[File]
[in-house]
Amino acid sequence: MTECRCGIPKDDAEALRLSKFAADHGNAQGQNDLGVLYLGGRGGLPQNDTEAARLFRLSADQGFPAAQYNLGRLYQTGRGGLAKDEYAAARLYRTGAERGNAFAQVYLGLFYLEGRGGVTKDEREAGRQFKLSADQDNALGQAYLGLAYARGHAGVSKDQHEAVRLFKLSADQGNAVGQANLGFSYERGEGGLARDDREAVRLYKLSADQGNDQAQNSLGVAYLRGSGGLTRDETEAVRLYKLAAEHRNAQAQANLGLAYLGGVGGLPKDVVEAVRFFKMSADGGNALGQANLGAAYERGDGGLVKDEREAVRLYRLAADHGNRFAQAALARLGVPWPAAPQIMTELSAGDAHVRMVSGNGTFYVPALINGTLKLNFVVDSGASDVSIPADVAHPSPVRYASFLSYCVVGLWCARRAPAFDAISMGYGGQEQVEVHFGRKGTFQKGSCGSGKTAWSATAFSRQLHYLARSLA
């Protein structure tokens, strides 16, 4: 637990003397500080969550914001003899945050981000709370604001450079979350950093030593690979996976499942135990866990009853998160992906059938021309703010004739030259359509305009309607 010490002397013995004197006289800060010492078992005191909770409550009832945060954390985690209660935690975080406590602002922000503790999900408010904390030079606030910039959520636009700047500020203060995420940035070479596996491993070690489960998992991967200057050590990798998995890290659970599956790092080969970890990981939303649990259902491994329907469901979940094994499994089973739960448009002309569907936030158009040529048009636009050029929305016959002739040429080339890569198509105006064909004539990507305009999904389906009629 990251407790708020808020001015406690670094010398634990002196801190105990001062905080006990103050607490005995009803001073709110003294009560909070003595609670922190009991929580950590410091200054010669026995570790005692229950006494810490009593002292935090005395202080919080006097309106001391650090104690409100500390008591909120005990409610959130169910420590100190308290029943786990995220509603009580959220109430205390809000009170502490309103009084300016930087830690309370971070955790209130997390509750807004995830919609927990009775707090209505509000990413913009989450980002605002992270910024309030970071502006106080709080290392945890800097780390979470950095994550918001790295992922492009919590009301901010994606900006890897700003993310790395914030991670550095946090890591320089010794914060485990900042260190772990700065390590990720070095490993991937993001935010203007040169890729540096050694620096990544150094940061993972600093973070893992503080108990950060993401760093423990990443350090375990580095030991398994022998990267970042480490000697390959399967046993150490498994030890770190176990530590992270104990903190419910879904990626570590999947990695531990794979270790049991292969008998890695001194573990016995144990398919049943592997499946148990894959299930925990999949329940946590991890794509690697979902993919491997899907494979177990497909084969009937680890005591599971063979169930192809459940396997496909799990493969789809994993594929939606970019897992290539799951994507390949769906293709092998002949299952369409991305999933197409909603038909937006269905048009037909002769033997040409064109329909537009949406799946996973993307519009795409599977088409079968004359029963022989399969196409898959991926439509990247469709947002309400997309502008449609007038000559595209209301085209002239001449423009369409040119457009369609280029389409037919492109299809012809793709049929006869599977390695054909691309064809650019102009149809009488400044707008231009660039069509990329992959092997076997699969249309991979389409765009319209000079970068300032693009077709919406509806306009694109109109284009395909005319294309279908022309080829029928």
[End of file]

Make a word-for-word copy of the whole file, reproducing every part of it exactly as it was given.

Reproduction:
[in-house]
Amino acid sequence: MTECRCGIPKDDAEALRLSKFAADHGNAQGQNDLGVLYLGGRGGLPQNDTEAARLFRLSADQGFPAAQYNLGRLYQTGRGGLAKDEYAAARLYRTGAERGNAFAQVYLGLFYLEGRGGVTKDEREAGRQFKLSADQDNALGQAYLGLAYARGHAGVSKDQHEAVRLFKLSADQGNAVGQANLGFSYERGEGGLARDDREAVRLYKLSADQGNDQAQNSLGVAYLRGSGGLTRDETEAVRLYKLAAEHRNAQAQANLGLAYLGGVGGLPKDVVEAVRFFKMSADGGNALGQANLGAAYERGDGGLVKDEREAVRLYRLAADHGNRFAQAALARLGVPWPAAPQIMTELSAGDAHVRMVSGNGTFYVPALINGTLKLNFVVDSGASDVSIPADVAHPSPVRYASFLSYCVVGLWCARRAPAFDAISMGYGGQEQVEVHFGRKGTFQKGSCGSGKTAWSATAFSRQLHYLARSLA
């Protein structure tokens, strides 16, 4: 637990003397500080969550914001003899945050981000709370604001450079979350950093030593690979996976499942135990866990009853998160992906059938021309703010004739030259359509305009309607 010490002397013995004197006289800060010492078992005191909770409550009832945060954390985690209660935690975080406590602002922000503790999900408010904390030079606030910039959520636009700047500020203060995420940035070479596996491993070690489960998992991967200057050590990798998995890290659970599956790092080969970890990981939303649990259902491994329907469901979940094994499994089973739960448009002309569907936030158009040529048009636009050029929305016959002739040429080339890569198509105006064909004539990507305009999904389906009629 990251407790708020808020001015406690670094010398634990002196801190105990001062905080006990103050607490005995009803001073709110003294009560909070003595609670922190009991929580950590410091200054010669026995570790005692229950006494810490009593002292935090005395202080919080006097309106001391650090104690409100500390008591909120005990409610959130169910420590100190308290029943786990995220509603009580959220109430205390809000009170502490309103009084300016930087830690309370971070955790209130997390509750807004995830919609927990009775707090209505509000990413913009989450980002605002992270910024309030970071502006106080709080290392945890800097780390979470950095994550918001790295992922492009919590009301901010994606900006890897700003993310790395914030991670550095946090890591320089010794914060485990900042260190772990700065390590990720070095490993991937993001935010203007040169890729540096050694620096990544150094940061993972600093973070893992503080108990950060993401760093423990990443350090375990580095030991398994022998990267970042480490000697390959399967046993150490498994030890770190176990530590992270104990903190419910879904990626570590999947990695531990794979270790049991292969008998890695001194573990016995144990398919049943592997499946148990894959299930925990999949329940946590991890794509690697979902993919491997899907494979177990497909084969009937680890005591599971063979169930192809459940396997496909799990493969789809994993594929939606970019897992290539799951994507390949769906293709092998002949299952369409991305999933197409909603038909937006269905048009037909002769033997040409064109329909537009949406799946996973993307519009795409599977088409079968004359029963022989399969196409898959991926439509990247469709947002309400997309502008449609007038000559595209209301085209002239001449423009369409040119457009369609280029389409037919492109299809012809793709049929006869599977390695054909691309064809650019102009149809009488400044707008231009660039069509990329992959092997076997699969249309991979389409765009319209000079970068300032693009077709919406509806306009694109109109284009395909005319294309279908022309080829029928």